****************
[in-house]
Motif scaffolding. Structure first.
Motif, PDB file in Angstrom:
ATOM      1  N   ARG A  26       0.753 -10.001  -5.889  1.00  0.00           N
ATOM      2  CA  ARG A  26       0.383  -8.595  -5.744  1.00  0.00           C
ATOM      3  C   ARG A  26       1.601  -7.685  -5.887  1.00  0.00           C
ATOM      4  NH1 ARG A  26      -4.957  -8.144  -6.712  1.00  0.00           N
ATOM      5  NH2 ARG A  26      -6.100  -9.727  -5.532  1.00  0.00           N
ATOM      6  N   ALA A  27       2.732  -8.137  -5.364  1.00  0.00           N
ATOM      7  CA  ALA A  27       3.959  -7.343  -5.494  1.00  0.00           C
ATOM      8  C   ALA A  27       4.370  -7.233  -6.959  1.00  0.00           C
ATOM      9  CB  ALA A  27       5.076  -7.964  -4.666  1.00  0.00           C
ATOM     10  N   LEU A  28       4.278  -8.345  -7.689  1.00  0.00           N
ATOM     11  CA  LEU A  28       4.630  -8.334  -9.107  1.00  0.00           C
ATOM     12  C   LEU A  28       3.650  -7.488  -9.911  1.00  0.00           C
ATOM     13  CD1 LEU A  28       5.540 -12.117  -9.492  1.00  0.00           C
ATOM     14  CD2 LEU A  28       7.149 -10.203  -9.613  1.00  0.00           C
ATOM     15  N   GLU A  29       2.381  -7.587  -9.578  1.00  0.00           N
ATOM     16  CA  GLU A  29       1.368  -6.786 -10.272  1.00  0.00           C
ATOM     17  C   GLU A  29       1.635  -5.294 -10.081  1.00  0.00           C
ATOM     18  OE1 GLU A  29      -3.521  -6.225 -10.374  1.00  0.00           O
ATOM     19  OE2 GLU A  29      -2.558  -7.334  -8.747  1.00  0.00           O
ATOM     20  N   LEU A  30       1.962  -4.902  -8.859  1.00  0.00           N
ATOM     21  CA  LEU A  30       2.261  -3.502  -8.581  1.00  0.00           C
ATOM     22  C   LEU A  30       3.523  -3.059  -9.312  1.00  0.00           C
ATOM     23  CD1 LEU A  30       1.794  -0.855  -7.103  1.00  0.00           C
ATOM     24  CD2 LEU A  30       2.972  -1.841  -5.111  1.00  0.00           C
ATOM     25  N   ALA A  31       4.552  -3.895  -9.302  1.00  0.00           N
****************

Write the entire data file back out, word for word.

[in-house]
Motif scaffolding. Structure first.
Motif, PDB file in Angstrom:
ATOM      1  N   ARG A  26       0.753 -10.001  -5.889  1.00  0.00           N
ATOM      2  CA  ARG A  26       0.383  -8.595  -5.744  1.00  0.00           C
ATOM      3  C   ARG A  26       1.601  -7.685  -5.887  1.00  0.00           C
ATOM      4  NH1 ARG A  26      -4.957  -8.144  -6.712  1.00  0.00           N
ATOM      5  NH2 ARG A  26      -6.100  -9.727  -5.532  1.00  0.00           N
ATOM      6  N   ALA A  27       2.732  -8.137  -5.364  1.00  0.00           N
ATOM      7  CA  ALA A  27       3.959  -7.343  -5.494  1.00  0.00           C
ATOM      8  C   ALA A  27       4.370  -7.233  -6.959  1.00  0.00           C
ATOM      9  CB  ALA A  27       5.076  -7.964  -4.666  1.00  0.00           C
ATOM     10  N   LEU A  28       4.278  -8.345  -7.689  1.00  0.00           N
ATOM     11  CA  LEU A  28       4.630  -8.334  -9.107  1.00  0.00           C
ATOM     12  C   LEU A  28       3.650  -7.488  -9.911  1.00  0.00           C
ATOM     13  CD1 LEU A  28       5.540 -12.117  -9.492  1.00  0.00           C
ATOM     14  CD2 LEU A  28       7.149 -10.203  -9.613  1.00  0.00           C
ATOM     15  N   GLU A  29       2.381  -7.587  -9.578  1.00  0.00           N
ATOM     16  CA  GLU A  29       1.368  -6.786 -10.272  1.00  0.00           C
ATOM     17  C   GLU A  29       1.635  -5.294 -10.081  1.00  0.00           C
ATOM     18  OE1 GLU A  29      -3.521  -6.225 -10.374  1.00  0.00           O
ATOM     19  OE2 GLU A  29      -2.558  -7.334  -8.747  1.00  0.00           O
ATOM     20  N   LEU A  30       1.962  -4.902  -8.859  1.00  0.00           N
ATOM     21  CA  LEU A  30       2.261  -3.502  -8.581  1.00  0.00           C
ATOM     22  C   LEU A  30       3.523  -3.059  -9.312  1.00  0.00           C
ATOM     23  CD1 LEU A  30       1.794  -0.855  -7.103  1.00  0.00           C
ATOM     24  CD2 LEU A  30       2.972  -1.841  -5.111  1.00  0.00           C
ATOM     25  N   ALA A  31       4.552  -3.895  -9.302  1.00  0.00           N